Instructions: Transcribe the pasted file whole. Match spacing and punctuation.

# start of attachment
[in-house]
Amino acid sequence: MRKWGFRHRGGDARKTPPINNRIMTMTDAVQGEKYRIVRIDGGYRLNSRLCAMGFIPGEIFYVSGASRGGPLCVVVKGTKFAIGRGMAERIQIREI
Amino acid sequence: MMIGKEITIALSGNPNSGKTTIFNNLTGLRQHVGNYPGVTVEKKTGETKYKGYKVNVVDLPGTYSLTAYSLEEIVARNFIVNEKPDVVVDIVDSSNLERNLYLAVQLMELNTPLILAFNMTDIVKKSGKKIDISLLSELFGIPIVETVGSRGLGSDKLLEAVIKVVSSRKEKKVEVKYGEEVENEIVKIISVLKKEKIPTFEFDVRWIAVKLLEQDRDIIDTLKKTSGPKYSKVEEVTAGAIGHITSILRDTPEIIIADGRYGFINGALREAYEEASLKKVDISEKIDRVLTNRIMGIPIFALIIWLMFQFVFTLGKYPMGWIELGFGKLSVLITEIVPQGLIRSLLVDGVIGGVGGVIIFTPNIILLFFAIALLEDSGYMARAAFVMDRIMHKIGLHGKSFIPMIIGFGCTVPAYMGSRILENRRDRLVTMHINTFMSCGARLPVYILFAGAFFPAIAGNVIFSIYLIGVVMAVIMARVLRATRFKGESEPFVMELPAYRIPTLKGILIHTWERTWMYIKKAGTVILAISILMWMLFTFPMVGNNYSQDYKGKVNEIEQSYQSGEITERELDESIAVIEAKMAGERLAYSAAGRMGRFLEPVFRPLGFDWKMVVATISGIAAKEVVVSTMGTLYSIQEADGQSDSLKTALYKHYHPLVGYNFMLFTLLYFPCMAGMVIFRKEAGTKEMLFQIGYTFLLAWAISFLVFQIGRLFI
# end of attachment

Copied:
[in-house]
Amino acid sequence: MRKWGFRHRGGDARKTPPINNRIMTMTDAVQGEKYRIVRIDGGYRLNSRLCAMGFIPGEIFYVSGASRGGPLCVVVKGTKFAIGRGMAERIQIREI
Amino acid sequence: MMIGKEITIALSGNPNSGKTTIFNNLTGLRQHVGNYPGVTVEKKTGETKYKGYKVNVVDLPGTYSLTAYSLEEIVARNFIVNEKPDVVVDIVDSSNLERNLYLAVQLMELNTPLILAFNMTDIVKKSGKKIDISLLSELFGIPIVETVGSRGLGSDKLLEAVIKVVSSRKEKKVEVKYGEEVENEIVKIISVLKKEKIPTFEFDVRWIAVKLLEQDRDIIDTLKKTSGPKYSKVEEVTAGAIGHITSILRDTPEIIIADGRYGFINGALREAYEEASLKKVDISEKIDRVLTNRIMGIPIFALIIWLMFQFVFTLGKYPMGWIELGFGKLSVLITEIVPQGLIRSLLVDGVIGGVGGVIIFTPNIILLFFAIALLEDSGYMARAAFVMDRIMHKIGLHGKSFIPMIIGFGCTVPAYMGSRILENRRDRLVTMHINTFMSCGARLPVYILFAGAFFPAIAGNVIFSIYLIGVVMAVIMARVLRATRFKGESEPFVMELPAYRIPTLKGILIHTWERTWMYIKKAGTVILAISILMWMLFTFPMVGNNYSQDYKGKVNEIEQSYQSGEITERELDESIAVIEAKMAGERLAYSAAGRMGRFLEPVFRPLGFDWKMVVATISGIAAKEVVVSTMGTLYSIQEADGQSDSLKTALYKHYHPLVGYNFMLFTLLYFPCMAGMVIFRKEAGTKEMLFQIGYTFLLAWAISFLVFQIGRLFI